(another frightening look inside my noggin)
A few days ago, when I got home from work, Lovely Wife related to me the harrowing tale of the mole she saved from our cat.
She had come home and saw Sassy out on our back patio playing with something. Depending on what kind of animal her victim is, you can hear them squealing from the rough treatment.
She would let it run or throw it, and let it try to run, and the pounce again.
Since the thing was so mobile, Lovely Wife thought it might be possible for it to survive. She went out and shooed the cat away and got the little guy, who turned out to be a mole.
There was no blood or any visible damage, though, like she told me, the thing might be brain damaged from the beating it took, so she took it out in our back yard to a spot where she could let the mole go under our fence. She hit the fence a few times to try to scare it into running farther away.
Here's what I wonder. If this mole makes it back to his family, will he be treated with awe, because they know he survived being taken away by a cat? Will he grow old and the little grandbabymoles ask him repeatedly to tell the story of being caught by a big gray cat and how he was saved by a human?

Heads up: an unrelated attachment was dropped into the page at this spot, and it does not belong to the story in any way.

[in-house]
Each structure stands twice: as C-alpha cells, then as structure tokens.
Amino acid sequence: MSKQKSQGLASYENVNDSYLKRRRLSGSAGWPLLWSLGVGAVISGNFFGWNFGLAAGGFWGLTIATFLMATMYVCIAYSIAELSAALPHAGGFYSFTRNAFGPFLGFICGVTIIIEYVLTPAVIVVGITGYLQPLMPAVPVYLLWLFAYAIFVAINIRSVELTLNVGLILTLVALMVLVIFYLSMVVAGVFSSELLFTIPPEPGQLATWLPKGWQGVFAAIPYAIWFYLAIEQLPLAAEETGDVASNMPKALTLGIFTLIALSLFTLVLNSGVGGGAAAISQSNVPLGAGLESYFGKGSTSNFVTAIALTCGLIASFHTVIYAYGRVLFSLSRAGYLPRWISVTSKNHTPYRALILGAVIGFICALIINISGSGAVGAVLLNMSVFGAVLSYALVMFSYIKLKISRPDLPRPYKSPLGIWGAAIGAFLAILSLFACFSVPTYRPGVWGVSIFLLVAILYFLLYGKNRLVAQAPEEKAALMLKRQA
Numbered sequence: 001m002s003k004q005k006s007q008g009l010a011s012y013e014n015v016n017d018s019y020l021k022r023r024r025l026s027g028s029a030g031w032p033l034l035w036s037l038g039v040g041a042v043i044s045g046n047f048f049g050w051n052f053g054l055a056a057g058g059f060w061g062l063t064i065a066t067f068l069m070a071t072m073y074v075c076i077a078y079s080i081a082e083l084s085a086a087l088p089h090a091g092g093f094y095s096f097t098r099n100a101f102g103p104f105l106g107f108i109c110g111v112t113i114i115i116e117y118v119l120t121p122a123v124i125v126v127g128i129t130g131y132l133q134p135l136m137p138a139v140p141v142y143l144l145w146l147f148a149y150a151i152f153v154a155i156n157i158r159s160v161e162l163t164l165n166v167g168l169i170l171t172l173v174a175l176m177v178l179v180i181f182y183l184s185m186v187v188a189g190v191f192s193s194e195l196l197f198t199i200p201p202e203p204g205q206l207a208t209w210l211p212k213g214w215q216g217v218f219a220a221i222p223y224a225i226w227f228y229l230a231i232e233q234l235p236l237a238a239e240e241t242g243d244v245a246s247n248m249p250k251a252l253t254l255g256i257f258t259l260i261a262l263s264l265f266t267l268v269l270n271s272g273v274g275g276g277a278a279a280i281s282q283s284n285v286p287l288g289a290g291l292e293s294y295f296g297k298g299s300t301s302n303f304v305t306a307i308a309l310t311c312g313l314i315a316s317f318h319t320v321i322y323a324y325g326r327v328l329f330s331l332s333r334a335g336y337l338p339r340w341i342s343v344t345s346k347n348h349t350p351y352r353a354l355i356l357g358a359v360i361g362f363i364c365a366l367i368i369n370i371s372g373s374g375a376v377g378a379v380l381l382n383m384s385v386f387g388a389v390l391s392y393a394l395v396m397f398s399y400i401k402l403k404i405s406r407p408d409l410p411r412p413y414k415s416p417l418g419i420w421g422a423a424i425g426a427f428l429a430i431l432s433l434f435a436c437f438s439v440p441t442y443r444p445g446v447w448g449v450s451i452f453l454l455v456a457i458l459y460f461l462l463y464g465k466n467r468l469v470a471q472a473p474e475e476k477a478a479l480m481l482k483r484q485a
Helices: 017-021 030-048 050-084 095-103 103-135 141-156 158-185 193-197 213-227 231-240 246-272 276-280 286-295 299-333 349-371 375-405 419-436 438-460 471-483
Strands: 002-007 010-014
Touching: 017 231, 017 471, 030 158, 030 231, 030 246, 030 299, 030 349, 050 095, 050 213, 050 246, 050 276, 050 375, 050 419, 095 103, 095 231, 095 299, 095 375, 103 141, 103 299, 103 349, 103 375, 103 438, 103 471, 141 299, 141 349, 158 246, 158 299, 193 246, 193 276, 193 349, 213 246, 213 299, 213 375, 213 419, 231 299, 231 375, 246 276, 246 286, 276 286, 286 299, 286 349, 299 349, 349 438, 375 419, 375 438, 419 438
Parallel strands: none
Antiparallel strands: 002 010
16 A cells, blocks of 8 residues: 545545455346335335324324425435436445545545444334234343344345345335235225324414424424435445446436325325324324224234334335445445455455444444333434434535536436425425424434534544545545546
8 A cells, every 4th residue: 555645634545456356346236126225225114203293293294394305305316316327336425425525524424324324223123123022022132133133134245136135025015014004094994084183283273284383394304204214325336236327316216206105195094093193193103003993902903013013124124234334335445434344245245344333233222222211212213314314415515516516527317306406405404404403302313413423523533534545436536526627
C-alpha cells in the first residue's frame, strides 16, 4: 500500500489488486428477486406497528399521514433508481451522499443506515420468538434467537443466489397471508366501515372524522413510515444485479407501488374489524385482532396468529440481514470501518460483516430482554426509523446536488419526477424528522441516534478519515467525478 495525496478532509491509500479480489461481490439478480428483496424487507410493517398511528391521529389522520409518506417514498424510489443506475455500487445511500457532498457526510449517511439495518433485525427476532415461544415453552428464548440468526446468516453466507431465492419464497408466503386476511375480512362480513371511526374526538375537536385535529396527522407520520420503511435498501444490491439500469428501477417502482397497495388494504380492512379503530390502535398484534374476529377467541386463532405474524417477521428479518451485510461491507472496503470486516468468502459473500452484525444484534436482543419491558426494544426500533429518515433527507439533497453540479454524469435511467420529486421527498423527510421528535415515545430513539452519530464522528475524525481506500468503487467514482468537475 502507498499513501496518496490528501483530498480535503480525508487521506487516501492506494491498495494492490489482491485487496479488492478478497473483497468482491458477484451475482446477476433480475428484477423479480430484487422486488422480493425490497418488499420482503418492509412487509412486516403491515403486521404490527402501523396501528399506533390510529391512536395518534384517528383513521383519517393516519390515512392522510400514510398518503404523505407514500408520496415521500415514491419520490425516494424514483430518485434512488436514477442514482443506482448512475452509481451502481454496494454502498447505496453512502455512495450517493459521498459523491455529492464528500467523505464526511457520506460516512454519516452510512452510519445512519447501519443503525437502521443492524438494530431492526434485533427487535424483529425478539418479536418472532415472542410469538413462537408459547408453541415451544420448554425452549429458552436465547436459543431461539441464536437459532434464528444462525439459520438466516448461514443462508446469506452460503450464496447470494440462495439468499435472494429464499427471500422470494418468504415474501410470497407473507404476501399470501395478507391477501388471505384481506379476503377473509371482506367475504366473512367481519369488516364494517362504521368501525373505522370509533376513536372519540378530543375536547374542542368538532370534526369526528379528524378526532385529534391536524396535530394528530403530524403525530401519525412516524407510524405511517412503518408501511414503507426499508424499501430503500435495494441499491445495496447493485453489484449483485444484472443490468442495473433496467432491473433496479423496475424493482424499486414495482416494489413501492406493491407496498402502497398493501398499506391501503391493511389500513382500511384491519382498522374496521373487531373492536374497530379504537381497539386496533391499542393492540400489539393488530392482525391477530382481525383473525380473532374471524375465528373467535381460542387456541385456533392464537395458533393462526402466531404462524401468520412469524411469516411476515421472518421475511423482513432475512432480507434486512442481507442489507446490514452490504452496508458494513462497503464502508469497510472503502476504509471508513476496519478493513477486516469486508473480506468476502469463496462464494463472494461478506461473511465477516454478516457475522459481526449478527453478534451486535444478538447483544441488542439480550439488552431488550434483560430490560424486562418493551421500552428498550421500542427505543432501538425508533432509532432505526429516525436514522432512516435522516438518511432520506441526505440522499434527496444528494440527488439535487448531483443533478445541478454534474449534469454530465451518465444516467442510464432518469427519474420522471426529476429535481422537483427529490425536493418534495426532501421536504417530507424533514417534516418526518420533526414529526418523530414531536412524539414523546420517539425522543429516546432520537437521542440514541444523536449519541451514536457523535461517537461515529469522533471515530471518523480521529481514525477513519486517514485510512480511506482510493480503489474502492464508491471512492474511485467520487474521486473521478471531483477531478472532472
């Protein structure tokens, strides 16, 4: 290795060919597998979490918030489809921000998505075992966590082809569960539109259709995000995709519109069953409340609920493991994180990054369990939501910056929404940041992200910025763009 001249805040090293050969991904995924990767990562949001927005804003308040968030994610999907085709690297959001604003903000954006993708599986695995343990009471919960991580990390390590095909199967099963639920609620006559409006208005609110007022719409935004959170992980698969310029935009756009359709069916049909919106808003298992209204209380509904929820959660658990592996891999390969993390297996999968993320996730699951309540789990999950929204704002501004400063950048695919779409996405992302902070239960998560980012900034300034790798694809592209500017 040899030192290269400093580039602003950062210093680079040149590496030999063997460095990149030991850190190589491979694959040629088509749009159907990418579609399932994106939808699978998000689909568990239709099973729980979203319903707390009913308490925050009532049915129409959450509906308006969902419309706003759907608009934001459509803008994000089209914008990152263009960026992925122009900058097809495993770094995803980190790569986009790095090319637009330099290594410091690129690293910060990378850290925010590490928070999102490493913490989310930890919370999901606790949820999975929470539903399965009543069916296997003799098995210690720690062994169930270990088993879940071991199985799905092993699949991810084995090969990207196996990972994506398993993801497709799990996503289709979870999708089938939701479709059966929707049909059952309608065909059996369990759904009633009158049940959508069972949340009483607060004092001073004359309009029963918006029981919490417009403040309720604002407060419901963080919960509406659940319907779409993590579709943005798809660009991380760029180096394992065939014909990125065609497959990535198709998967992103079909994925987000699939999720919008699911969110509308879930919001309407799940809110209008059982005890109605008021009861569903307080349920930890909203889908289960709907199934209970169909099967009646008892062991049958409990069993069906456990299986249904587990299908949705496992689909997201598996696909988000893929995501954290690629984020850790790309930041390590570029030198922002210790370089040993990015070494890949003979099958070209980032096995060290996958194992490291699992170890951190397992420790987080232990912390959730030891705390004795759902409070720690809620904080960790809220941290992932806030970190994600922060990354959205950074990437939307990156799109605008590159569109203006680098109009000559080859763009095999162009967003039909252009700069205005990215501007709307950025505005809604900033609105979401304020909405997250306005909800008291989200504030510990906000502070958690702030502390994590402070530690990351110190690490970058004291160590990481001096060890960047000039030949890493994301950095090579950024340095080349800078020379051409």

I like cats and dogs both. But the "gifts" that our cat has brought us over the years have always broken my heart. Not so much the lizards, but the baby rabbits and other cute little things she leaves on the front or back doorstep, many times crippled but still alive, kind of get to me.
I know that she's just being a cat and helping to feed the family where she lives, but I could do without cute little half-dead baby bunnies with their entrails hanging out.
Cats like to play, but even their playing is serious practice for the kill.
I learned as a kid that life can be cruel, and that nothing about life is "fair." In fact, I hate the word fair when used in the "hey, that's not fair!" sense. I remember how cruel kids can be, and I wouldn't want to relive childhood if I could. Sure there are some things I would like to go back and change, but more like surgically precise changes; not to live it over again.
But the world keeps turning and although man has created some amazing technical advances in the last few hundred years, it's still a brutal world, for both man and beast.
I guess dead and/or wounded animals left on my doorstep is part of the price of having a cat. I think she's just trying to show us some love, but I wish I could communicate with her enough to make her understand it isn't necessary.
Tom at It's Kind Of Confusing Right Now has a pretty profound post from last week called "Life Lessons From A Three-legged Dog". It's short, powerful, and says a lot of what I'd like to say here.